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Department of the Army
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Naval Orientation - Military manual for administrative purposes
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Mission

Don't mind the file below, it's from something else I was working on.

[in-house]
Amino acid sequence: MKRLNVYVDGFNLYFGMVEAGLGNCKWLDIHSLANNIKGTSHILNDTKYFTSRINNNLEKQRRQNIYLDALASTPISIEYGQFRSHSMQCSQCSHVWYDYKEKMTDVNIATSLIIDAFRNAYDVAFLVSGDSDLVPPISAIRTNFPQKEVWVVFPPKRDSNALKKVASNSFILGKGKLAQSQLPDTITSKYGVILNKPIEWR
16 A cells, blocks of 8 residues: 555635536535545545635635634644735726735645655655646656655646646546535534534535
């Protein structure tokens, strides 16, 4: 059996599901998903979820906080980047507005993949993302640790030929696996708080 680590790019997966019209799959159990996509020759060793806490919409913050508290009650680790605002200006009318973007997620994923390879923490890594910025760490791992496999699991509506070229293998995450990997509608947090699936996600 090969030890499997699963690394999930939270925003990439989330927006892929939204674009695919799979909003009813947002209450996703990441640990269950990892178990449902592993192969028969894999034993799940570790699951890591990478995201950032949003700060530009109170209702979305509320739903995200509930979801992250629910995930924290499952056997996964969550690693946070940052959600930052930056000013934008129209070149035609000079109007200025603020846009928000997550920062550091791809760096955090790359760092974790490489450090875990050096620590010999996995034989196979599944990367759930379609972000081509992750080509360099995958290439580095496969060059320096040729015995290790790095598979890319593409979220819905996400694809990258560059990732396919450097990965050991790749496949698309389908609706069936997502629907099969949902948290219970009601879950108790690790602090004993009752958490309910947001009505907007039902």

against  air  attack.  The  functions  of  the  Air Force support the doctrines established by the Joint Chiefs of Staff. These doctrines include gaining and maintaining general air supremacy,  defeating  enemy  air  forces, controlling  vital  air  areas,  and  establishing local  air  superiority. To  develop  doctrines  and  procedures,  in coordination   with   other   U.S.   military services,  for  the  unified  defense  of  the United States against air attack. To  organize,  train,  and  equip  Air  Force personnel  for  strategic  air  warfare. To  organize,  train,  and  equip  Air  Force personnel  for  joint  amphibious  and  air- borne  operations  in  coordination  with other  U.S.  military  services. To furnish close combat and logistical air support  to  the  Army.  This  air  support includes  airlift,  support,  and  resupply  of airborne  operations;  aerial  photography; tactical  reconnaissance;  and  restraint  of enemy  land  power  and  communications. To  provide  air  transport  for  the  armed forces. To   develop,   in   coordination   with   other U.S.   military   services,   doctrines,   pro- cedures,  and  equipment  for  air  defense from land areas, including the continental United States. To formulate doctrines and procedures for organizing,   equipping,   training,   and employing  Air  Force  troops. To  provide  an  organization  capable  of furnishing  adequate,  timely,  and  reliable intelligence  for  the  Air  Force. To   furnish   aerial   photography   for   car- tographic   purposes. To develop tactics, techniques, and equip- ment   for   amphibious   operations   in coordination   with   other   U.S.   military services. To  develop  doctrines,  procedures,  and equipment  employed  by  Air  Force  troops in  airborne  operations  with  other  U.S. military services. To restrain enemy sea power through air operations. To  conduct  antisubmarine  warfare  and protect  shipping. To conduct aerial minelaying operations. Air Force responsibilities in support of space operations  include  the  following: —Organizing,  training,  equipping,  and  pro- viding  forces  to  support  operations —Developing, in coordination with other U.S. military  services,  tactics,  techniques,  and equipment  employed  by  Air  Force  person- nel  for  use  in  space  operations —Conducting individual and unit training of Air  Force  space  operations  forces —Participating  with  other  U.S.  military  ser- vices  in  joint  space  operations,  training,  and exercises THE  UNITED  STATES COAST   GUARD The United States Coast Guard has a dual role that  is  unique  among  the  services.  By  statute, organization, and operation, the Coast Guard is a military service and a branch of the armed forces always;  but  normally  it  operates  as  a  service  in the Department of Transportation. In time of war or  when  the  President  so  directs,  it  becomes  a service in the Navy but continues to perform its normal  specialized  duties. The  Coast  Guard  is  the  nation’s  oldest continuous seagoing service. Established in 1790 as   the   United   States   Revenue   Marine   (later renamed the Revenue Cutter Service), the service was an arm of the Treasury Department, under then  Secretary  Alexander  Hamilton. The  Revenue  Marine  was  primarily  a  law enforcement   agency.   Its   responsibility   was   to collect custom duties from ships entering United States  waters. Although the original role of the service was law enforcement, revenue cutters and crews took part in almost every conflict involving the United States. These involvements established the military readiness  of  the  service. 11-9

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